Land in Singapore is held under three main leasehold types: freehold, 999-year and 99-year leases.
For properties built on freehold land, the land belongs to the leasehold owner indefinitely so there’s no need to worry about the lease running out (save for the dreaded government acquisition of course). This extends, to a certain extent, to 999-year leasehold properties as well, since 999 years is certainly long enough to house many generations with ease.
The most worrying of the lot though is 99-year leasehold properties. What rights do owners of this asset class have at the end of the tenure, when the title to the land reverts to its original owners?
For this article, we’ll be focusing on the effect of the lease expiry on private property owners (like condominiums and privatised HUDCs). If you’re concerned about HDBs, we’ve written about that here.
Who does the leasehold revert to and what happens then?
More than three-quarters of the land in Singapore is state-owned and held by the Singapore Land Authority (SLA) which acts as custodian of the land. The remainder is comprised of the few pockets of freehold land held by other government departments such as HDB, JTC, PSA and private owners.
On the expiry of a 99-year leasehold, ownership of the land reverts back to the state, and the rights of any property owners are effectively extinguished.
But surely property owners will be entitled to fair compensation for their homes that remain on the property Unfortunately not. The tough (and some might say unfair) reality is that the SLA has no obligation to reimburse or pay any sort of compensation at all.
What options do 99-year leasehold property owners have then?
There are two choices available to 99-year leasehold property owners, both of which involve paying the government a premium to extend the tenure of the lease.
They can either top-up the lease on their land with SLA directly, or sell their property to a third-party developer (known as a collective or en bloc sale). Both of these options must be done by all of the owners collectively, and cannot be accomplished on an individual basis.
Here, the property owners apply to the SLA to top their lease back up to 99 years again, with the payment of a land premium. So for example, if there’s 50 years left on the land, owners can top up another 49 years so that the lease reverts back to 99 years.
This premium is assessed by the SLA’s Chief Valuer on a case-by-case basis, taking into account factors such as the number of years remaining in the leasehold.
At this point, it’s in SLA’s discretion whether to approve or reject the application. In making its decision, SLA considers various factors of the lease including whether the extension would fit in with the government’s long-term intention with the land and whether the proposed use would optimise the land’s use.
In the case of a successful lease top-up, property owners may continue occupying their property for the duration of the renewed 99-year tenure.
This would, of course, be the ideal option for most owners of 99-year properties, but unfortunately, the exorbitant land premium charged by the SLA makes this option far too expensive for everyday individuals, and is usually the route taken by companies or other privately-held entities that are able to afford it.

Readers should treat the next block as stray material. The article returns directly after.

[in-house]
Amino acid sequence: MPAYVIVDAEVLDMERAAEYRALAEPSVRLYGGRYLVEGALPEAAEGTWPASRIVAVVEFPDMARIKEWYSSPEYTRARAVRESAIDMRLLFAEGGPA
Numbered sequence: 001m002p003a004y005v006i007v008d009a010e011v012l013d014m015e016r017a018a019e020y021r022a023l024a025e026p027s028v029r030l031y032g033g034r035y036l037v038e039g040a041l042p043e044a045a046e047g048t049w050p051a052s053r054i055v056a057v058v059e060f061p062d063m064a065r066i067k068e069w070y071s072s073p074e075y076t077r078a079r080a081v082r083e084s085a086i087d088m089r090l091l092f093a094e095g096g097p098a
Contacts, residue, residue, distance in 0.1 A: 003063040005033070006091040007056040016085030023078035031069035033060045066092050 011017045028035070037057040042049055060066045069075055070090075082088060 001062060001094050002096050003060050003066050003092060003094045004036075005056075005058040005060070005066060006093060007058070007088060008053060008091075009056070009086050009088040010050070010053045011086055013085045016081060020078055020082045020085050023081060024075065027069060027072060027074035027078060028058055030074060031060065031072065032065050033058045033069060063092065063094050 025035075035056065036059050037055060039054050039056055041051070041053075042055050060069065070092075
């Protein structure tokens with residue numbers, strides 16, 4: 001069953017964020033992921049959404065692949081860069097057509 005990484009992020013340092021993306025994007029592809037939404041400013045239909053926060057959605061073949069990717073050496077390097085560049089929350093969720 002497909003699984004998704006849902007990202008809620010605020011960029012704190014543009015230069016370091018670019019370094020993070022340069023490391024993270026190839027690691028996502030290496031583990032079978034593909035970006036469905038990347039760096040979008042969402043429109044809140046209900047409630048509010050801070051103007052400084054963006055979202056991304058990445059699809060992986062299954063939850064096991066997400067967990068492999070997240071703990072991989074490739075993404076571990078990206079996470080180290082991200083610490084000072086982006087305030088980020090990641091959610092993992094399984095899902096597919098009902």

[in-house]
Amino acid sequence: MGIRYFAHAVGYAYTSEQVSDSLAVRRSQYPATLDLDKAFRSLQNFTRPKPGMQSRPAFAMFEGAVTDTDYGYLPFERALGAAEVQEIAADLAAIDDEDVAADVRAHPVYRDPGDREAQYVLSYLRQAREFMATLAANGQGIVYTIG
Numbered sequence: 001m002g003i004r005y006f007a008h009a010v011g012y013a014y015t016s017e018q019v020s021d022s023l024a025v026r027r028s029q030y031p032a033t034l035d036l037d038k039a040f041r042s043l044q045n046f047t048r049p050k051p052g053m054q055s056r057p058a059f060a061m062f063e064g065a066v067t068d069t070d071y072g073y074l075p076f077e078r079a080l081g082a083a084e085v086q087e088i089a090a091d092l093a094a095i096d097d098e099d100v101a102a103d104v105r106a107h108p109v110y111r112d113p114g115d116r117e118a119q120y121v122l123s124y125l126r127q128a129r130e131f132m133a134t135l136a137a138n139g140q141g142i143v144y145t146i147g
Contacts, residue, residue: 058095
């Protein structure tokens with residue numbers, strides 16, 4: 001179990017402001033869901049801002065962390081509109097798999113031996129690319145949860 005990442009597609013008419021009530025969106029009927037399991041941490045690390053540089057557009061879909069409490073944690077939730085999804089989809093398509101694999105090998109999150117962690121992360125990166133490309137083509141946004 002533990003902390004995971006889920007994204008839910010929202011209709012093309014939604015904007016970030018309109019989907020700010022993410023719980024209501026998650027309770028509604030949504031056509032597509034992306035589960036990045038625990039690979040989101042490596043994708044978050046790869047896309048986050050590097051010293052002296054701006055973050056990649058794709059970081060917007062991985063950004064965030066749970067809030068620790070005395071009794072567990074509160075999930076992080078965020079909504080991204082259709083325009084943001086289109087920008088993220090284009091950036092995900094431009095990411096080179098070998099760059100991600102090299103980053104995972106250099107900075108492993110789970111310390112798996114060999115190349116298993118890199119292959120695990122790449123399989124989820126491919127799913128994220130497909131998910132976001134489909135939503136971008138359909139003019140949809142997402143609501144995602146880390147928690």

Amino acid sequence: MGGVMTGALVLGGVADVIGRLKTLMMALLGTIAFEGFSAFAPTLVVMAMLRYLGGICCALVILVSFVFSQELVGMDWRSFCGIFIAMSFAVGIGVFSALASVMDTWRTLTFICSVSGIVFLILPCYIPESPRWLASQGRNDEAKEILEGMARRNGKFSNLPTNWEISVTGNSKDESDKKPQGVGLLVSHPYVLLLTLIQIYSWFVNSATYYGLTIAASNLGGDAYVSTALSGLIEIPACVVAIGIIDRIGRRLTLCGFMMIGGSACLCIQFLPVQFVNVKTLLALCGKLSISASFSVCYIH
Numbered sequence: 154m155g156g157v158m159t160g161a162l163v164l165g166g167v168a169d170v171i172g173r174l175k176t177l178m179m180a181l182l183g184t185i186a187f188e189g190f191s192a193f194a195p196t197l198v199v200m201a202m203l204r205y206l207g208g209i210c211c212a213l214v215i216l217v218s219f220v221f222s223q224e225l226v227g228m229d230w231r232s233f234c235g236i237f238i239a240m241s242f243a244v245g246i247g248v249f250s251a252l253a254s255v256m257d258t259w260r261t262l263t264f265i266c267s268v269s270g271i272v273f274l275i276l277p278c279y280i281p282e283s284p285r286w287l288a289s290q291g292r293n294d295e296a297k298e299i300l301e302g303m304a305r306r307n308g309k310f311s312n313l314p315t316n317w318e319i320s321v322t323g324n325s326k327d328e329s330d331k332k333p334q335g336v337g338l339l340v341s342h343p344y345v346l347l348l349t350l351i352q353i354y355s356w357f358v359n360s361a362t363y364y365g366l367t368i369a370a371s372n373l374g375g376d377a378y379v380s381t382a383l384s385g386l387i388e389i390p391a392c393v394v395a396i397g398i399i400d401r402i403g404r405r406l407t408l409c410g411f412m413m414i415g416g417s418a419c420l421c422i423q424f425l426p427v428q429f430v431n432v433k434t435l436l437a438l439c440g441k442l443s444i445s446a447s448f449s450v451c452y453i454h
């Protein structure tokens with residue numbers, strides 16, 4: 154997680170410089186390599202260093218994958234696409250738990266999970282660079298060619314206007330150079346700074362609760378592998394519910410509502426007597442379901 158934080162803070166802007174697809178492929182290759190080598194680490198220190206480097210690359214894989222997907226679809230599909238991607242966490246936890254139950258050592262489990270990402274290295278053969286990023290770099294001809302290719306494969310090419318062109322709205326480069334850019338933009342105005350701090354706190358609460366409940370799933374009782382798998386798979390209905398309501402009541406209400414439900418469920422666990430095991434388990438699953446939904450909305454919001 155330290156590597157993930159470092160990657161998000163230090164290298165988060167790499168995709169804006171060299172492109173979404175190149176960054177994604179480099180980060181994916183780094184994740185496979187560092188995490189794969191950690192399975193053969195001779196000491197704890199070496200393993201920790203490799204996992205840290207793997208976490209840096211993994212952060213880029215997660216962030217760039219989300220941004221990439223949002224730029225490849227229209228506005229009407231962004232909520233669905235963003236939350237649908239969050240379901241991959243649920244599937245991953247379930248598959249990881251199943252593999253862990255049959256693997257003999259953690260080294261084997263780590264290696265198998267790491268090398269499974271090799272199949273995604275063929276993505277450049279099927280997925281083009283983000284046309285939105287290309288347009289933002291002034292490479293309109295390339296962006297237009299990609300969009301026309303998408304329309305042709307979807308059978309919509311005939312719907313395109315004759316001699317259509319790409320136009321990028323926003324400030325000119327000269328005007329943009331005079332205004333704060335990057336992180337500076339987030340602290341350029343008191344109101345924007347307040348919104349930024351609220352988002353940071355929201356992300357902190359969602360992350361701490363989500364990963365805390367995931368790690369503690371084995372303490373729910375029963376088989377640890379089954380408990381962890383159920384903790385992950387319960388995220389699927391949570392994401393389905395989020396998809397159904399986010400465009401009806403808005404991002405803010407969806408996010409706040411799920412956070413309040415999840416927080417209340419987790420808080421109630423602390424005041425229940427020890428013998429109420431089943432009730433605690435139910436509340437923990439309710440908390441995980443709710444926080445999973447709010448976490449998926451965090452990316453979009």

Examples of properties that have successfully received lease top-ups include the former Shing Kwan House and ICB Building (now the SGX Building), the former Overseas Union House (now 50 Collyer Quay) and the former HMC Building (now Lumiere).
Collective (or En Bloc) Sale
The collective, (or as it’s popularly known, en bloc), sale is the option favoured by individual homeowners as it pushes the hefty obligation of the land premium payment on to the private developers or companies who are better able to afford it.
The downside is that, unlike a lease top-up, the owners will no longer be entitled to stay in their property as the rights to the lease transfer to the private developers instead.
What they do get, however, is compensation for their property, which they wouldn’t have been entitled to had their lease simply run its course.
2007 was the peak year for en bloc sales, including the largest en bloc sale to date: the sale of Farrer Court apartments. Its 618 units were sold for a total of $1.339 billion dollars, netting each homeowner a cool $2.122 to $2.238 million dollars (after overhead costs). 2016 also saw the collective sale of two privatised HUDC estates (Shunfu Ville and Raintree Gardens) and we predict this trend of HUDC estates going en bloc to continue unto 2017.
If you’re looking for a rundown on the en bloc sale process, be sure to check out our article on that here.
99-year leasehold properties: Yea or Nay?
If your aim is to purchase a home that you can pass on from generation to generation, a 99-year leasehold property is definitely not for you.
But if you’re content to simply own the home for your lifetime (hey, your kids can fend for themselves), or you’re buying it for purely investment purposes, then it’s seriously worth considering.
We’ve discussed the issue of freehold vs. leasehold properties previously, so be sure to check it out here for a more in-depth comparison.
While the leasehold of a property undoubtedly affects the potential for its appreciation, there are other factors that come into play as well. For example, whether you’re buying freehold or leasehold n, choose a development that’s located near an MRT station, good schools and other amenities (you can do this with 99.co’s search filters that let you narrow down results according to its proximity to various amenities). These make the development more desirable to private developers, upping your chances of securing an en bloc sale down the road.
What’s your take on 99-year properties – smart investment or money pit? We’d love to hear your thoughts, so sound off in the comments below!